Friday, February 3, 2012

Feb. Constellation of the Month -- Taurus

In January, we followed the band of the Milky Way from our December constellation to the constellation of Perseus. If we continue in that direction and along the band, we'll see the constellation of Auriga, which is shaped like a non-symmetrical pentagon. Auriga should be almost overhead an hour after sunset in February. Slightly south and west of Auriga, there is a prominent constellation which looks like the diagram to the left -- Taurus, the Bull.

The head of the bull is the triangle shape at the lower middle in the diagram shown here. The brightest star is Aldebaran. Aldebaran is a red giant star, nearing the end of its life; its diameter is 44 times as wide as the Sun. In about 5 billion years, the Sun will cool and expand and become a red giant itself.

The two horns of the Bull are marked by the two stars in the upper left of the diagram. Near the tip of the left horn is M1, the Crab Nebula. It is a cloud of expanding gases which are the aftermath of a star which exploded (a supernova) in the year 1054.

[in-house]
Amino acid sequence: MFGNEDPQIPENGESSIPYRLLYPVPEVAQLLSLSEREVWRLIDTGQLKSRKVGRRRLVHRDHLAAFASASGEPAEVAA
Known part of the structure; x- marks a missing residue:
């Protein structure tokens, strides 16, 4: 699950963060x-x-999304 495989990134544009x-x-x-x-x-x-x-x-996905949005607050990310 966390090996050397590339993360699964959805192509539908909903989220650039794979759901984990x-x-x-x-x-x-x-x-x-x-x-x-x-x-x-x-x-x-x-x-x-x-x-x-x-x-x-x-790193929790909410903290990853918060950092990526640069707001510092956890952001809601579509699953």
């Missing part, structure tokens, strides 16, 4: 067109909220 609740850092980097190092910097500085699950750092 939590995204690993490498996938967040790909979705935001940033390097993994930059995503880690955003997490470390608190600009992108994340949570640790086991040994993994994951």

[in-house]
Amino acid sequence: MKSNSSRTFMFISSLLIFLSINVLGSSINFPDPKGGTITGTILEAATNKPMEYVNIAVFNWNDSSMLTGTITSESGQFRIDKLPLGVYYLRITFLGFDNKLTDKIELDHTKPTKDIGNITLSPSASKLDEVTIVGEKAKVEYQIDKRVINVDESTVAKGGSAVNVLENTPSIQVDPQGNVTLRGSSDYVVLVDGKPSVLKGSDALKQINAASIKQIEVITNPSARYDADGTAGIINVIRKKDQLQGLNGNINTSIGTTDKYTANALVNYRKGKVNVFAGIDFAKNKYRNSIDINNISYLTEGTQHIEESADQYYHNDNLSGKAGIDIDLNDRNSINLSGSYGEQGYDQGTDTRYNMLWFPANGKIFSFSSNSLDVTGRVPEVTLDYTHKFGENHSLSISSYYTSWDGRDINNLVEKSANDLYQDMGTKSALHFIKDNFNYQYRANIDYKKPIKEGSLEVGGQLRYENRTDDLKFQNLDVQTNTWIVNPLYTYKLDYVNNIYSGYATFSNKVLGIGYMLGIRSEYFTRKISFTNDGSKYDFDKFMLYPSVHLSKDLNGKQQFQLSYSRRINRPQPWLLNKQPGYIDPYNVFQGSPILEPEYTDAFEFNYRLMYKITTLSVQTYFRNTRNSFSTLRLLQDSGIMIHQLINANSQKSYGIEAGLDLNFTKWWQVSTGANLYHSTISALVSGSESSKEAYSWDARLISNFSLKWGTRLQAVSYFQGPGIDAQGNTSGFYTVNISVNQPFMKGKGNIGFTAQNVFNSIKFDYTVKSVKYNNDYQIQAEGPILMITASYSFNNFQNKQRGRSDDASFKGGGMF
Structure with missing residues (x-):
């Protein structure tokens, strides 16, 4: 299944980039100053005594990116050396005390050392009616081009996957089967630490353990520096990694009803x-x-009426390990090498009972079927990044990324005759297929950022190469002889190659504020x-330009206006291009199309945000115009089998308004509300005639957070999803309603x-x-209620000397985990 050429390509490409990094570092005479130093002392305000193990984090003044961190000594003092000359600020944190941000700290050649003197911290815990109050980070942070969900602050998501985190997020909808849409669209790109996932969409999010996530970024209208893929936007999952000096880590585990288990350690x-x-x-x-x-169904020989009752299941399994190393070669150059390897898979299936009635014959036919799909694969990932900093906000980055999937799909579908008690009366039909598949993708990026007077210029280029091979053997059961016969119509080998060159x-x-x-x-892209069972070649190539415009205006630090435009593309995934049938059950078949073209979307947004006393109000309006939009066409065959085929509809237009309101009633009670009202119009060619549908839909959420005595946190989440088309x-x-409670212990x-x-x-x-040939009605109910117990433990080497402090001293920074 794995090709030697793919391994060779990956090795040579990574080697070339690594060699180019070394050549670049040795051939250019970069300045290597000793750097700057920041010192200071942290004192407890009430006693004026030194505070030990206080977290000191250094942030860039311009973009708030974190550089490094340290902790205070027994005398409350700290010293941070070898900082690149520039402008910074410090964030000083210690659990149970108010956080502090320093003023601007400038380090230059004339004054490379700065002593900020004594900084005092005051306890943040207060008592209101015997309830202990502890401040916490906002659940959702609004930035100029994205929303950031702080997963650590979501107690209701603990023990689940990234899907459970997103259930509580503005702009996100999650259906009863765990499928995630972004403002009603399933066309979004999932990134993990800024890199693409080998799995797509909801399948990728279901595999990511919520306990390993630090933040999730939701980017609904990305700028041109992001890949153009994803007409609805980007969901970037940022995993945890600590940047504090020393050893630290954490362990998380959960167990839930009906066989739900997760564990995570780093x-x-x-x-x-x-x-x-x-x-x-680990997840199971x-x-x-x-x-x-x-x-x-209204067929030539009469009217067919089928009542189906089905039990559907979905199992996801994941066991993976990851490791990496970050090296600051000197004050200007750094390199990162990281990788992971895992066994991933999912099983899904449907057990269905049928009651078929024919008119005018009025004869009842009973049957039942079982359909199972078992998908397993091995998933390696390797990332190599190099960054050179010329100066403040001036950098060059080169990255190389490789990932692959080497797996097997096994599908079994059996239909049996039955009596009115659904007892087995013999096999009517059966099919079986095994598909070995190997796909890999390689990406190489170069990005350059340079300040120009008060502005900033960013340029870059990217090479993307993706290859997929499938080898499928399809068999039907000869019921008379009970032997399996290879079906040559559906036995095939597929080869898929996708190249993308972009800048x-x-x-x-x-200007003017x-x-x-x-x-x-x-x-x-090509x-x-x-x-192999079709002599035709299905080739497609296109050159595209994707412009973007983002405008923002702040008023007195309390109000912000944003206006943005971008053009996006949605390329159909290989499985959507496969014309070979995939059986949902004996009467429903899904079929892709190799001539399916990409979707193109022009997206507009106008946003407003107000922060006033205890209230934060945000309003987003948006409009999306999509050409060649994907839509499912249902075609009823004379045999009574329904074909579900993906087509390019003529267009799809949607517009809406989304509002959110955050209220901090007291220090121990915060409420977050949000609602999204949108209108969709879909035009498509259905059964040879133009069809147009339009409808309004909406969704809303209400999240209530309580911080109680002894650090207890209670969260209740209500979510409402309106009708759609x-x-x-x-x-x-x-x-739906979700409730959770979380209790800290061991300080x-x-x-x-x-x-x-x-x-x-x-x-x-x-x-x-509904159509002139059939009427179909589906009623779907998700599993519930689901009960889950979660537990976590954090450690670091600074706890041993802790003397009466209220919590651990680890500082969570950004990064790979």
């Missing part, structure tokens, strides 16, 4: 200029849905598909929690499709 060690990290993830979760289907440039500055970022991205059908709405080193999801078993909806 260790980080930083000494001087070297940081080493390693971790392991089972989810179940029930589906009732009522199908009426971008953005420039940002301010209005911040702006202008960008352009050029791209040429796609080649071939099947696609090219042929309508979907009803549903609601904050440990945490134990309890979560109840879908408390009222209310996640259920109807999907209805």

Aldebaran appears to be in the middle of a cluster of stars called "the Hyades", which fills up the triangle of Taurus's head. This is a group of about 200 stars that formed at the same time and which are moving together. Aldebaran is in our line-of-sight to this cluster, but it is much closer.

An even more interesting star cluster is the Pleiades, also known as the 7 Sisters. Somewhat north and west of Aldebaran, they form a uniquely memorable shape of a number of easily visible stars close together. The Subaru logo is taken from the shape of the Pleiades. Some people can see 5 stars with the naked eye, others 7, others more. A telescope will show hundreds of stars surrounded by a nebula -- a vast cloud of interstellar gases and dust. In many nebulae with star clusters, the stars were formed from the nebula. But in this case, they are just passing through each other -- at a speed of about 25,000 miles per hour.

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